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Qantas dispatches fleet to cover grounded A380s

written by australianaviation.com.au | November 5, 2010

(Andrew McLaughlin)

Qantas’s six-strong A380 fleet remained grounded overnight as the airline dispatched some of its aircraft and chartered in others to cover the capacity shortfall brought about by the grounding.

The airline says passengers from the A380 which was forced to return to Singapore on Thursday afternoon following an inflight uncontained failure of its second Rolls-Royce Trent 900 engine will be brought home on Friday morning on an aircraft which flew to Singapore last night. Other flights affected by the grounding are Friday’s QF93 service from Melbourne to Los Angeles which has been delayed 24 hours; flights QF12 and QF108 from Sydney to Los Angeles which were delayed from Thursday afternoon for at least 24 hours; and QF94 from Los Angeles to Melbourne which has also been delayed 24 hours from Thursday night.

Other flights including QF11 from Sydney to Los Angeles and QF31 from Sydney to London via Singapore will operate on Friday as scheduled but with Boeing 747 equipment, while Friday’s QF10 from London to Singapore will be operated by a chartered British Airways Boeing 777.

The airline says all passengers booked on these flights have been advised of the changes, and there are no indications as yet as to how long the grounding may be in place. “We will suspend those A380 services until we are completely confident that Qantas safety requirements have been met,” Qantas CEO Alan Joyce said in a media conference on Thursday afternoon.

In the meantime, the Australian Transportation Safety Bureau (ATSB) said it was dispatching four investigators including two structural engineers to Singapore on Thursday night to commence its investigations into the incident. Indonesian authorities, involved because of the debris from the engine which fell on the Indonesian island of Batam, have delegated responsibility for the investigation to the ATSB. An ATSB spokesman told the ABC that, although investigations into such incidents can take up to a year, it is required to release a preliminary report within 30 days.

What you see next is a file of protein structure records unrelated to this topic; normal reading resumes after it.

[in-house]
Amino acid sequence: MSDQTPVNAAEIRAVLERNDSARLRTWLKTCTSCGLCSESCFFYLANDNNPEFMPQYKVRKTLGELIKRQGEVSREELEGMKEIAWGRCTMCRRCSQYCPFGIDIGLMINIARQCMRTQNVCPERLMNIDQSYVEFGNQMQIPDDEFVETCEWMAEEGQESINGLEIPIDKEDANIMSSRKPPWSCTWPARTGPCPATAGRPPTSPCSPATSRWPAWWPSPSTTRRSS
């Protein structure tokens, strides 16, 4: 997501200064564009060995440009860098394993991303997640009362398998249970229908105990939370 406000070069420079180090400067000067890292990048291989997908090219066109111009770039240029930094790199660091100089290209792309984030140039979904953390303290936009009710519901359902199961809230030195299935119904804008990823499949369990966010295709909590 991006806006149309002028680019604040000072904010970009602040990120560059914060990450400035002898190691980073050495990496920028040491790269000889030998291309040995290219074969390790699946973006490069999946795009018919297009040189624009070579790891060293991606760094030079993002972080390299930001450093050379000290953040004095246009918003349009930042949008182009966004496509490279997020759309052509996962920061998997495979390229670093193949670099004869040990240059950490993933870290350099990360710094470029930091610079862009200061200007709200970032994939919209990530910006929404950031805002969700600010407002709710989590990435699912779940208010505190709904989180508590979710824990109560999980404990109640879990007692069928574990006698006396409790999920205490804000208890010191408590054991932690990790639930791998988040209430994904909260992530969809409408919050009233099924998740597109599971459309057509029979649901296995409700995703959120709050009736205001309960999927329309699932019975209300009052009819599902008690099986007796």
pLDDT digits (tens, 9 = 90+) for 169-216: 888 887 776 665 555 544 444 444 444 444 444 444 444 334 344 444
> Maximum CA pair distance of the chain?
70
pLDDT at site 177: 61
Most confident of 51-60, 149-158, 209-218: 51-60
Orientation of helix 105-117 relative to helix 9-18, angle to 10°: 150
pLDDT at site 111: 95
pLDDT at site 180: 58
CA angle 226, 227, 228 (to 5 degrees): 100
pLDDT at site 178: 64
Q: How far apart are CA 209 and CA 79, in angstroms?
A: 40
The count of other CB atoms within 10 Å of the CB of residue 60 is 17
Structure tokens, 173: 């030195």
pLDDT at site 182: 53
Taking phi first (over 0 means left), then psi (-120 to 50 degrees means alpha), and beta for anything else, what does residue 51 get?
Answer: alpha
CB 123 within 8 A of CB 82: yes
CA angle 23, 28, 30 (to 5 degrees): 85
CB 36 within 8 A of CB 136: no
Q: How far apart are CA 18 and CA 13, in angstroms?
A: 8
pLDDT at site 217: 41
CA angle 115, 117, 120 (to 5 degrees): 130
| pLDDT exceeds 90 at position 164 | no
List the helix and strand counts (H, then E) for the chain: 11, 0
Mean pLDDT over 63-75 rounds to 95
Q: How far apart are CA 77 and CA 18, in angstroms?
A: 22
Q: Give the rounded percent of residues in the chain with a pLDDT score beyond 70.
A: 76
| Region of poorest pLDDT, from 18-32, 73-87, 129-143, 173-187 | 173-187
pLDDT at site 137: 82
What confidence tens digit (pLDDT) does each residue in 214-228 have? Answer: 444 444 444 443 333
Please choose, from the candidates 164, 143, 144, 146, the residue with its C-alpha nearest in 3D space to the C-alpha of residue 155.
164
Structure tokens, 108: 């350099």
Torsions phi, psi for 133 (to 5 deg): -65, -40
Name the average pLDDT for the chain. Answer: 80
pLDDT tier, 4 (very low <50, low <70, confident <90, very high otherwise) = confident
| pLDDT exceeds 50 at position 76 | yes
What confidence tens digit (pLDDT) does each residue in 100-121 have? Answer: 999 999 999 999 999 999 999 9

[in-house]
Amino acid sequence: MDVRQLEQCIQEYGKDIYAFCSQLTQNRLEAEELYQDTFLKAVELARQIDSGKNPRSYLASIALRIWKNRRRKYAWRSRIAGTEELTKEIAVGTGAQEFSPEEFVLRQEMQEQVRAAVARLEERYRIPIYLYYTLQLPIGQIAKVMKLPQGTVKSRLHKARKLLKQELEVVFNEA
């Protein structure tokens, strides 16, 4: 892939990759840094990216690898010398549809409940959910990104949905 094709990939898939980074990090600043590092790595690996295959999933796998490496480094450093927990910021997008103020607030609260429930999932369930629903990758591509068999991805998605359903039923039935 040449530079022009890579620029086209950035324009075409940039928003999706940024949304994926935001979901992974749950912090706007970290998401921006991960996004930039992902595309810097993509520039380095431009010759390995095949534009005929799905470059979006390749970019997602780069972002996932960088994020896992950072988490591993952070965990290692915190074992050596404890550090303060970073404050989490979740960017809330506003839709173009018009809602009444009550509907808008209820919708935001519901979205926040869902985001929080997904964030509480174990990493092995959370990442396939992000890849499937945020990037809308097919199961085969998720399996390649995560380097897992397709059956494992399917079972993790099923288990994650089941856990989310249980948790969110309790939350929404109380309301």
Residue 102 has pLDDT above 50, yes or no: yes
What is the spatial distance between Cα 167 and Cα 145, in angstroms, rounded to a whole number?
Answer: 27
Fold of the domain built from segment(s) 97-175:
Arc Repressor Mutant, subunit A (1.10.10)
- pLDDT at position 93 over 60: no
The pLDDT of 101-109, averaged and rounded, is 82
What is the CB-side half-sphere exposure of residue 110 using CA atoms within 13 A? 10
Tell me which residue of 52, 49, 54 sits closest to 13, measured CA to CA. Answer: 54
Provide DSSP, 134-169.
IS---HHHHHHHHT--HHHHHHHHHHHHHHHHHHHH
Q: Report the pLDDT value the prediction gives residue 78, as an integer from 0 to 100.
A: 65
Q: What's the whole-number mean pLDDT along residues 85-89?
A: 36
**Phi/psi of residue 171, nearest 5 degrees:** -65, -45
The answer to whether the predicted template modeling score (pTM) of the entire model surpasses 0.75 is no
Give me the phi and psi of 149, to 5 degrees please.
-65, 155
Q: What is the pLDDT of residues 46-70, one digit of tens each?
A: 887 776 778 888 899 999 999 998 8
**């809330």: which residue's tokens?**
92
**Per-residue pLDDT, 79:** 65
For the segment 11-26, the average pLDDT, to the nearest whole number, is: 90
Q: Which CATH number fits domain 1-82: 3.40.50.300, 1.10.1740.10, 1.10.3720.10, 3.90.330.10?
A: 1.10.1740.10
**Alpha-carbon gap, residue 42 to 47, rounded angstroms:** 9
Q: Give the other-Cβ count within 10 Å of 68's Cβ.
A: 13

Qantas, Airbus and Rolls-Royce are also investigating. “In line with the ICAO Annex 13 international convention, Airbus will provide full technical assistance to the French BEA as well as to the Australian authorities who will be responsible for the investigation,” a statement from the manufacturer read. “A team of specialists from Airbus is being dispatched to Singapore.”

Rolls-Royce also released a statement which read: “Since Qantas QF32 suffered an engine failure and returned safely to Singapore Changi Airport we have been working closely with our customer and the authorities. In situations like these Rolls-Royce has well established processes to collect and understand information relating to the event and to determine suitable actions. As always the safe operation of our products is our number one priority. The in service fleet of Trent 900 engines is small and relatively new, and the Group feels that it is prudent to recommend that a number of basic precautionary engine checks are performed. This process is now underway. We will continue to work closely with our customers as the investigation moves forward. This is at a very early stage and it would be inappropriate to draw any conclusions at this time.”

Shares in Rolls-Royce dropped five per cent in London trading on Thursday following the incident.

Australian Licensed Aircraft Engineers Association (ALAEA) secretary Steve Purvinas has spuriously linked the incident to the outsourcing of Qantas maintenance offshore, and reportedly told the Herald Sun that Lufthansa Technik which performed maintenance on the aircraft involved in the incident last month did not even have the same aircraft in the fleet. But Lufthansa Technik, the world’s largest non manufacturer qualified Maintenance and Repair Organisation (MRO), was spun off from the Lufthansa airline in 1994, and therefore does not own or operate any aircraft of its own.

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